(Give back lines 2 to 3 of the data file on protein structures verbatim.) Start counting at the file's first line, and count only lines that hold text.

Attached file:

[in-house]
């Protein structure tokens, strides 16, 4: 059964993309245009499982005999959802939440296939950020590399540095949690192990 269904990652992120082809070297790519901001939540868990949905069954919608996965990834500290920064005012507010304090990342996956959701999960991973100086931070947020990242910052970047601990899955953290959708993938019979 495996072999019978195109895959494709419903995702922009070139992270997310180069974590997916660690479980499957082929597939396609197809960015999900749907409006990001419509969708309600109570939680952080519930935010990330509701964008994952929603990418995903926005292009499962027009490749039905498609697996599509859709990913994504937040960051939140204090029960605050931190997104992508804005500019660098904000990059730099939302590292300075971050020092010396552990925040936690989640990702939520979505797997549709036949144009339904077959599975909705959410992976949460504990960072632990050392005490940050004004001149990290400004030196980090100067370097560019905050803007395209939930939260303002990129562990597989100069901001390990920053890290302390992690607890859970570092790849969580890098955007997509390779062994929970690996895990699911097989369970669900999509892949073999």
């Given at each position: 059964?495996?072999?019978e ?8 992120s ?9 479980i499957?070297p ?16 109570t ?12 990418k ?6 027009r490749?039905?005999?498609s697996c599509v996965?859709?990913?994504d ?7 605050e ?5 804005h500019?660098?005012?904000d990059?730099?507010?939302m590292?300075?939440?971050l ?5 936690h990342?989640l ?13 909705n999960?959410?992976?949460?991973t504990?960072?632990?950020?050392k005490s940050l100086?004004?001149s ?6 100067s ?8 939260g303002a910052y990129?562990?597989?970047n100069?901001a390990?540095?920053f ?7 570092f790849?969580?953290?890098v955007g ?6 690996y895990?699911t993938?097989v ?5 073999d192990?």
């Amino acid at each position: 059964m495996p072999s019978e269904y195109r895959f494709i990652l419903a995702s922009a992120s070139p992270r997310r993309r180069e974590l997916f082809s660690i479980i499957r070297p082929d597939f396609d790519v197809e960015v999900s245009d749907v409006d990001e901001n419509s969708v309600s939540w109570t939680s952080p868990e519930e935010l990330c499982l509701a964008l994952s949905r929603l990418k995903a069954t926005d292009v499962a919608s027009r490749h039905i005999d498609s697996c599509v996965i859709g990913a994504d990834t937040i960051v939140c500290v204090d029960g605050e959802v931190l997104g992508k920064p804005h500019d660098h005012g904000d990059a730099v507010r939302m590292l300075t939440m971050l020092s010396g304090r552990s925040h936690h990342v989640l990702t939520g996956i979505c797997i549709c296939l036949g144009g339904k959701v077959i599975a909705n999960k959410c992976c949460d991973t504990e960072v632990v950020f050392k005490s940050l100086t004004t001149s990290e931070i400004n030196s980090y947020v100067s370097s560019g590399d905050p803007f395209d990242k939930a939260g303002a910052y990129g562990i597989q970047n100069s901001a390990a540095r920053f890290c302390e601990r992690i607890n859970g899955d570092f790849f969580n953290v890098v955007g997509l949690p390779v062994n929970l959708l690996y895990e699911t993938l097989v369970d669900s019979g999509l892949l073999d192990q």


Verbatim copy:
């Protein structure tokens, strides 16, 4: 059964993309245009499982005999959802939440296939950020590399540095949690192990 269904990652992120082809070297790519901001939540868990949905069954919608996965990834500290920064005012507010304090990342996956959701999960991973100086931070947020990242910052970047601990899955953290959708993938019979 495996072999019978195109895959494709419903995702922009070139992270997310180069974590997916660690479980499957082929597939396609197809960015999900749907409006990001419509969708309600109570939680952080519930935010990330509701964008994952929603990418995903926005292009499962027009490749039905498609697996599509859709990913994504937040960051939140204090029960605050931190997104992508804005500019660098904000990059730099939302590292300075971050020092010396552990925040936690989640990702939520979505797997549709036949144009339904077959599975909705959410992976949460504990960072632990050392005490940050004004001149990290400004030196980090100067370097560019905050803007395209939930939260303002990129562990597989100069901001390990920053890290302390992690607890859970570092790849969580890098955007997509390779062994929970690996895990699911097989369970669900999509892949073999």
């Given at each position: 059964?495996?072999?019978e ?8 992120s ?9 479980i499957?070297p ?16 109570t ?12 990418k ?6 027009r490749?039905?005999?498609s697996c599509v996965?859709?990913?994504d ?7 605050e ?5 804005h500019?660098?005012?904000d990059?730099?507010?939302m590292?300075?939440?971050l ?5 936690h990342?989640l ?13 909705n999960?959410?992976?949460?991973t504990?960072?632990?950020?050392k005490s940050l100086?004004?001149s ?6 100067s ?8 939260g303002a910052y990129?562990?597989?970047n100069?901001a390990?540095?920053f ?7 570092f790849?969580?953290?890098v955007g ?6 690996y895990?699911t993938?097989v ?5 073999d192990?």